38.63) while males stayed at about the same from (29.47 to 29.56). This finding supports the
previous data by suggesting that video games don't cause aggressive behavior but rather some
other unexpected positive and negative effects.
Affective Orientation
Another study done by Vincent Cicchirillo and Rebecca M. Chory-Assad look into the
effects of violent video games aggression and how it related to affective orientation. Affective
orientation could be defined as “the degree to which individuals are aware of and use affect cues
to guide communication” (Booth-Butterfield & Booth-Butterfield, 1990, p. 1451). In the study
they had two different groups of people; one group played violent video games and the other
played non-violent video games. They then put the two groups through different tests of
evaluating their researchers courtesy and a test on aggressive thoughts. When the testing was
complete they found that there was no difference between the two groups in the amount of
aggressive thoughts. In relation to people’s affective orientation the people with a higher
affective orientation had more aggressive thoughts after playing violent video games than the
people with a lower affective orientation. Their hypothesis is that people with a higher affective
orientation had more of an emotional response to the video games and therefore retained more of
the violent action of video games with them. This may give us an answer as to why research on
this topic in the past has been so inconsistent because violent video games have different effects
on each individual person.
With all of the research that has been done we have reached a few hypotheses on why the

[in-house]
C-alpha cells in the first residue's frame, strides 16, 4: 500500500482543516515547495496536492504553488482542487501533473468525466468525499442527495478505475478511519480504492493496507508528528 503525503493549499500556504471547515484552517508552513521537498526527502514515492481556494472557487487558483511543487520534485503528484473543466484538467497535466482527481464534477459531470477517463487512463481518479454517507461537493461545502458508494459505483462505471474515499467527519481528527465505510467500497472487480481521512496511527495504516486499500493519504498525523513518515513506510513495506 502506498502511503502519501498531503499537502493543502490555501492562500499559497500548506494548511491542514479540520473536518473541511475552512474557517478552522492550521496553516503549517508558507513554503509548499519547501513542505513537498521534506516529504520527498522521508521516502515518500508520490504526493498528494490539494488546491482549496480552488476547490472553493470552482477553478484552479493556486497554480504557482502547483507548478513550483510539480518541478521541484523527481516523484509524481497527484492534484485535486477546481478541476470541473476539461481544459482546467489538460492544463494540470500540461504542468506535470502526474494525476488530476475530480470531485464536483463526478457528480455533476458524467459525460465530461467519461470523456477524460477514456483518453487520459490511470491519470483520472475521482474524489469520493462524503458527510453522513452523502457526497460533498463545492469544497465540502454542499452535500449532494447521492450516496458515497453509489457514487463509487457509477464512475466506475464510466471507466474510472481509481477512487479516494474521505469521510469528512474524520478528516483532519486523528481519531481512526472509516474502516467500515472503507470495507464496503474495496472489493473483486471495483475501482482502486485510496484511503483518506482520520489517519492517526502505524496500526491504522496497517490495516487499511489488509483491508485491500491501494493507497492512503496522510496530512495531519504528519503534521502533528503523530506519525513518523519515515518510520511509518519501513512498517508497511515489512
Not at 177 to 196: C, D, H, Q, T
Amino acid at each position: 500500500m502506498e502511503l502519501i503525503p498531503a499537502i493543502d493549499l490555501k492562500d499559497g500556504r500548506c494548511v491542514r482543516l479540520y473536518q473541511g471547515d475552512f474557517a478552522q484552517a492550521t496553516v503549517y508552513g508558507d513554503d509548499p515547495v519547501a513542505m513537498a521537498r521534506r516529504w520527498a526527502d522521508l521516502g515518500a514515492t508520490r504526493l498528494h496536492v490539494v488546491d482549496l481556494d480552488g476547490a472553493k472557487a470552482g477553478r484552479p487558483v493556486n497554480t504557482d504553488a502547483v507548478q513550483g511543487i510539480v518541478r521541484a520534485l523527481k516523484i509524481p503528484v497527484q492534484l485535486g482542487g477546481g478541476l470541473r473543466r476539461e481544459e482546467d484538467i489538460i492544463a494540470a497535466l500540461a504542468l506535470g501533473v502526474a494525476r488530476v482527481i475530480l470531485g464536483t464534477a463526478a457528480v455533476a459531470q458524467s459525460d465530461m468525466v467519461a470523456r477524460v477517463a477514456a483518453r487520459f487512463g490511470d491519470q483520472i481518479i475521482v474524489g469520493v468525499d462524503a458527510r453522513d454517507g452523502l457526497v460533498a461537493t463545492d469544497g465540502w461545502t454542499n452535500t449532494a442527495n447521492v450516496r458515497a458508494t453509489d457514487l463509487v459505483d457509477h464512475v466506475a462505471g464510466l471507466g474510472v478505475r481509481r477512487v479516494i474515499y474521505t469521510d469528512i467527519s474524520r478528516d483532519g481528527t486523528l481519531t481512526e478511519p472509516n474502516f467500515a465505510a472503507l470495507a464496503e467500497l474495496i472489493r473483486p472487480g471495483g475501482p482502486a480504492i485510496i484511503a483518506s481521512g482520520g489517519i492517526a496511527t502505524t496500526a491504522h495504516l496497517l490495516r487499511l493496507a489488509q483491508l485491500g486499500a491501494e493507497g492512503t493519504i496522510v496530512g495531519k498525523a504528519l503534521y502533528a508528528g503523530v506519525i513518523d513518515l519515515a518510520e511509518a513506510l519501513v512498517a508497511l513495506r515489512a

research on this topic has been so inconsistent and what we can do to further our knowledge.
From this research we learned that there is a correlation between people's affective orientation
and the effects that video games have on them. This is a big find and may help us find more
reliable data. The research also showed us that the findings for aggression may still be uncertain
but there was solid evidence of increased visuospatial cognition. This finding shows us how
biases in the media have shed light on all of the proposed negative consequences and not the
positives. The future of this research needs to be focused on how videogames can be used for
good from its positive effects instead of being scrutinized for the uncertain cause of aggression.
Work Cited:
Bulik, Beth Synder. ​Despite Recession, video game industry shows massive growth.
Advertising Age, Vol. 79 Issue 20, p6-6, 5/19/2008.
Mark Follman. ​US Mass Shootings, 1982-2019: Data From Mother Jones’ Investigation. M
​ other
Jones, Gavin Aronsen and Deanna Pan, August 31, 2019.
Christopher, Ferguson. ​The Good, the Bad, and the Ugly: A Meta-Analytic Review of Positive
and Negative Effects of Violent Video Games. ​Psychiatric Quarterly, Vol. 78 Issue 4,
pg309-316, December 2007.
Cicchirillo, Vincent. ​Effects of Affective Orientation and Video Game Play on Aggressive
Thoughts and Behavior. J​ ournal of Broadcasting and Electronic Media, Rebecca M.
Chory-Assad, Vol.49 Issue 4, pg435-449, December 2005.
Crystal L. Byrd. ​Television Consumption and Affective Orientation. ​ A Thesis Presented to The
Graduate Faculty of The University of Akron, May, 2006.
Ankay Yilbas, Aysun, Ozgur Canbay, Basak Akca, Filiz Uzumcugil, Asli Melek, Mert Calis, and
İbrahim Vargel. 2019. “The Effect of Playing Video Games on Fiberoptic Intubation
Skills.” ​Anaesthesia Critical Care & Pain Medicine​ 38 (4): 341–45.
Clemente, Miguel. ​The Media and Violent Behavior in Young People: Effects of the Media on
Antisocial Aggressive Behavior in a Spanish Sample. ​Journal of Applied Social
Psychology, Espinoso, Pablo, Vidal, MiguelAngel, Vol. 38 Issue 10, pg. 2395-2409,
October 2008.